In the spirit of xkcd.com/793/ I will now offer uninformed opinions about what is wrong with macro-econ out of the blue.
The author of Unlearning Economics (whom, since I don’t know who they are, I will henceforth call UE) thinks most macro-econ is useless because it comes with a set of poorly defined and unrealistic assumptions. In particular, they argue against the counterargument to such attacks, namely Milton Friedman’s assertion that the asssumptions don’t matter as long as the predictions are correct. UE has several objections to this: that theories that don’t give micro-understanding aren’t enlightening even if correct, that there is often insufficient evidence to discriminate between theories, that experimental evidence in economics is too coarse-grained, that the assumptions are often not clearly specified, and that relaxing assumptions is always a positive good.
To me, UE’s argument goes like this: macro theories aren’t testable, so make them be things that sound reasonable. My problem with this argument is that just because a theory sounds reasonable isn’t good evidence that it is correct. If macro theories are all “explanations” rather than things that offer testable hypotheses, then that is terrible, but making them “explanations” that sound better doesn’t make the situation any less terrible. The only way to improve the situation is to offer testable hypotheses and then test them.
Consider the DSGE v. Minsky Model that UE brings up. They claim that without looking at internal mechanics, there was nothing to figure out which was correct until one predicted a crash and the other one did not, and then a crash happened. Well, this is how we found out which one is more correct! Looking at internal mechanics didn’t do it – both models have a lot of unreasonable assumptions. We know which of the two is more correct because and only because we were able to discriminate between them in terms of their predictions.
Or let’s take UE’s example of different kinds of models: water boiling and freezing. The two models they contrast are “water demons which make it boil and freeze at specific temperatures” and “water is made of two hydrogens and an oxygen”. One of these is certainly more true than another. But the reason the first model is terrible is not because it’s ridiculous, but because it’s untestable. I can make it testable by saying “oh, and these water demons are distracted by annoying music, so if you play LMFAO loud, water won’t boil”. Then it’s fine, we go and test it and figure out it’s false. The second model is even worse because not only is it not by itself testable, it also isn’t connected to the question. That is, it fails at being an explanation, too. I guess they’re trying to say that microfoundations are important to macro theories but this is a very poor way of doing so. And I don’t buy it anyway. If you had models with various assumptions and a way to discriminate between them with experiment, then you’d know which assumptions were tenable and which were not. Then, you would have a better understanding of what’s important in the leap from micro to macro than you would by simply taking all of micro wholesale.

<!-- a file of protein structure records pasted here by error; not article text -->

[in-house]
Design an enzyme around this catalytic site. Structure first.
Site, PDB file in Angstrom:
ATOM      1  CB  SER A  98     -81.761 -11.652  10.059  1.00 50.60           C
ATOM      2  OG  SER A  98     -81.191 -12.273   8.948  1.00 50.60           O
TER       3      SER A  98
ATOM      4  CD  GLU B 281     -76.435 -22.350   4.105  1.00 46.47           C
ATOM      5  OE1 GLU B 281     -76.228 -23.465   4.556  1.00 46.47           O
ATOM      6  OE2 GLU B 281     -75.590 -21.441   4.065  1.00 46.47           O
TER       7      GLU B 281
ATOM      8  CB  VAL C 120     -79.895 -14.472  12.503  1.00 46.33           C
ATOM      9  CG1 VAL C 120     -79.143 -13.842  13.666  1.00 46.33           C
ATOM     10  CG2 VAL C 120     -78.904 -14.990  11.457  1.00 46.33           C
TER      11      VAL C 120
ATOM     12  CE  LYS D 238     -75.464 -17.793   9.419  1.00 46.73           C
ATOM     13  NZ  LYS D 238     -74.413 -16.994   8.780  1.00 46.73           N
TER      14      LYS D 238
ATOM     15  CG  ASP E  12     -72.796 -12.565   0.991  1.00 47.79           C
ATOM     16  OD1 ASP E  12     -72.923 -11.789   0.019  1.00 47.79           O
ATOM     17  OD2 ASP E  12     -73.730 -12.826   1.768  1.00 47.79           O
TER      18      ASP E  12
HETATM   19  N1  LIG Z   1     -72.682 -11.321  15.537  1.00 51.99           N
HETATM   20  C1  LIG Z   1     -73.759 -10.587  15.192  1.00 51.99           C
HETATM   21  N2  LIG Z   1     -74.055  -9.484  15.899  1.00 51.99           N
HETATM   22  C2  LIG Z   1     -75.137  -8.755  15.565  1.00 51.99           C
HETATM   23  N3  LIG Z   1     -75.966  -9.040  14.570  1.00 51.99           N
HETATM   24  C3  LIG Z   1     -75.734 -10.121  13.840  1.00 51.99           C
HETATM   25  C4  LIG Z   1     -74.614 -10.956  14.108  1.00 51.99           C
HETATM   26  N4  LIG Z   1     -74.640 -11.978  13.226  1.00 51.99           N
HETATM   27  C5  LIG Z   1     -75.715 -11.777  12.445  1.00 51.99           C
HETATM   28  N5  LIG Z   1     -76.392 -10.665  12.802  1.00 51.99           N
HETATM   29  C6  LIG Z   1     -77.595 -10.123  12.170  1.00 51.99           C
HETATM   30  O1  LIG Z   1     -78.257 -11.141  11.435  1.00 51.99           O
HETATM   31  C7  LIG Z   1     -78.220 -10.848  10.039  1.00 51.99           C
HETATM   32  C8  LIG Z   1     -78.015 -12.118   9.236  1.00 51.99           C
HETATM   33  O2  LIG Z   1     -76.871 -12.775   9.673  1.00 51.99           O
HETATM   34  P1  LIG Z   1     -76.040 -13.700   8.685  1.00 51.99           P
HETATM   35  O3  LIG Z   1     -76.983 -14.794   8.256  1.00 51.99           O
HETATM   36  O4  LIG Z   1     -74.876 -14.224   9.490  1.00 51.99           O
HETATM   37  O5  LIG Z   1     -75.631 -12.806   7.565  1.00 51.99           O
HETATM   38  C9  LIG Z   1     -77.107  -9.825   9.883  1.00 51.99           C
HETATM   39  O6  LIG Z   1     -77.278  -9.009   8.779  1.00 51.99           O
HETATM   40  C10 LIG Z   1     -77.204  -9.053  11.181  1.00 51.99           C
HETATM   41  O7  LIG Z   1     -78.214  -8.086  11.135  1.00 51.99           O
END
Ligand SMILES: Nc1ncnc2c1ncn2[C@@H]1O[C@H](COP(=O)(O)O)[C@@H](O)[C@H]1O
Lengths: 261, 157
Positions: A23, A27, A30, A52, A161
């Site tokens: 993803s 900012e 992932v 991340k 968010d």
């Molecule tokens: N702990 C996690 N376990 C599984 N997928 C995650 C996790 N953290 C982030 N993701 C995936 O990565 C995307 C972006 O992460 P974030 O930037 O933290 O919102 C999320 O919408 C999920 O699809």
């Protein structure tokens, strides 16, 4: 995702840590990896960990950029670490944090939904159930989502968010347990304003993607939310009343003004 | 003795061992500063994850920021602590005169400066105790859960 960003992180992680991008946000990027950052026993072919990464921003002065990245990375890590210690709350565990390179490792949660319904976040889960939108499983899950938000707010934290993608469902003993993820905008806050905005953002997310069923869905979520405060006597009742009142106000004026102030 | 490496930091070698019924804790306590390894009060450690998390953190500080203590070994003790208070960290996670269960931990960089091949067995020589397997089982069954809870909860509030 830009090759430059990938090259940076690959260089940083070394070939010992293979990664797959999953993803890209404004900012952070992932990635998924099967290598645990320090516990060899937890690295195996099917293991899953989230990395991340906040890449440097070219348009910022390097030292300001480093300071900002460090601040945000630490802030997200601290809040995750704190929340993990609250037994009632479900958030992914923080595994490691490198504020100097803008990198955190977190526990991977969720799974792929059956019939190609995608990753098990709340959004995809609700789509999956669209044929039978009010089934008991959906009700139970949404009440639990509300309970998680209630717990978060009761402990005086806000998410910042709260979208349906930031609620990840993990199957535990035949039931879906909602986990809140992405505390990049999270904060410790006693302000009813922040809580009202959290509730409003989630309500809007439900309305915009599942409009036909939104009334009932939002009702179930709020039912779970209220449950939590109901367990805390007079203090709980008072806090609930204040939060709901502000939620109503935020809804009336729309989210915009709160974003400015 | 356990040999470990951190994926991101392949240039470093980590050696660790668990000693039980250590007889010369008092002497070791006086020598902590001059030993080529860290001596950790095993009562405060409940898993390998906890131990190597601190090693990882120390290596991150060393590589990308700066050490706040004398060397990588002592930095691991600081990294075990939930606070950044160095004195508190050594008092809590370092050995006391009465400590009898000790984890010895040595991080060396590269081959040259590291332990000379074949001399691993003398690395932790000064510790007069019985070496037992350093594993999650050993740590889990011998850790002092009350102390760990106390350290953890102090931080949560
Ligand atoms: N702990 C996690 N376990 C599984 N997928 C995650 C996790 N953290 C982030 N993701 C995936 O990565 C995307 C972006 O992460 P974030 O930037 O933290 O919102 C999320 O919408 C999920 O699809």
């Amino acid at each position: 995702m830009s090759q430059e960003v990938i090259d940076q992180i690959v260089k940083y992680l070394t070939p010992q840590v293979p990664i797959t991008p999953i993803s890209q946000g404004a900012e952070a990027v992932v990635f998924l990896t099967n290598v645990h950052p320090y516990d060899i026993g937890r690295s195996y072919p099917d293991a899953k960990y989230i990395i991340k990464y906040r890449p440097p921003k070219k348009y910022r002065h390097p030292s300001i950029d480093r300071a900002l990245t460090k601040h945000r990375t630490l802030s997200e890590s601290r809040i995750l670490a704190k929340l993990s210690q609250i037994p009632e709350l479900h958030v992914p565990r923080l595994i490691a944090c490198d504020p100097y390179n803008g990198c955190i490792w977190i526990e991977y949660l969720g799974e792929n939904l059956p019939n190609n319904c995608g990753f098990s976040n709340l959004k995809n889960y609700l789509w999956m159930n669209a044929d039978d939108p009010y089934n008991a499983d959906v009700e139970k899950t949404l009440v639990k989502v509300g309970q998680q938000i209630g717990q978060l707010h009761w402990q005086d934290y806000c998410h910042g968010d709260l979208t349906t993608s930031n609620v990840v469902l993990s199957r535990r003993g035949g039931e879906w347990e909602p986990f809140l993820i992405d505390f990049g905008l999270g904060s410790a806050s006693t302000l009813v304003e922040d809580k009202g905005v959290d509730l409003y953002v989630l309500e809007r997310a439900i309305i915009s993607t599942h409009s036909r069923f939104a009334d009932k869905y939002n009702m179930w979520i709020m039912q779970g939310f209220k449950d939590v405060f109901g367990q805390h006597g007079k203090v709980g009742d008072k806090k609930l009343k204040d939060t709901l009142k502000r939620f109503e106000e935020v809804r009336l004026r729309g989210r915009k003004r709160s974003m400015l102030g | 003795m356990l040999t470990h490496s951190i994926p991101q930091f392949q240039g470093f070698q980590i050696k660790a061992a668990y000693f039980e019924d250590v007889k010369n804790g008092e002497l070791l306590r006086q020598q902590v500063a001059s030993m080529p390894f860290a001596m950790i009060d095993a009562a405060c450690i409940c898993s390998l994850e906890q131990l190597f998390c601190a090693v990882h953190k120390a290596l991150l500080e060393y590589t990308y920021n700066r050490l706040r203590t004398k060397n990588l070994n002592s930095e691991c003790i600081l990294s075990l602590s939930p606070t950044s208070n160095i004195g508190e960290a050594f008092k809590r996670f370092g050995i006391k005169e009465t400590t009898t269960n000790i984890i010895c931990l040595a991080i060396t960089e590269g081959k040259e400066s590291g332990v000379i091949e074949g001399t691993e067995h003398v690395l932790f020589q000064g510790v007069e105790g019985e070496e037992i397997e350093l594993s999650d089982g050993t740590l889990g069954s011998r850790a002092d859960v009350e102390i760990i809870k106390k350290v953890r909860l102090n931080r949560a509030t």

Inherent in my criticism above is a disagreement with the notion that relaxing assumptions is always a good idea. It’s not. The whole point of modelling is to get away with treating things as simply as we can. The famous Einstein quote goes “Make things as simple as possible, but not simpler.” That’s how modelling works. Otherwise, you need giant supercomputers to figure out anything about anything, and way more giant supercomputers than we have to figure out anything remotely interesting about anything remotely interesting. Figuring out what is important and what is not should not be seen as a barrier to understanding simply because it stops us from considering unimportant things. Instead, it is itself a large part of understanding.
So now where are we? We claim that if there is a problem in macro, it’s not the lack of microfoundations, but instead that macro theories don’t offer testable hypotheses. So why don’t they? Here is where I speculate: it must be either because macro experiment is not progressing rapidly enough, or because macro theorists don’t care if their theories are correct. How physics advances is like this: people put forward hypotheses which agree with available data and then they have to say what not yet available data would differentiate between their theory and other ones. (This is why experimentalists tend to distrust anthropic principlists and string theorists.) And then experimentalists go and collect that data. So the problem in economics is either that there’s no new data that somehow expands on data which already exists, or that theorists don’t care if it’s there.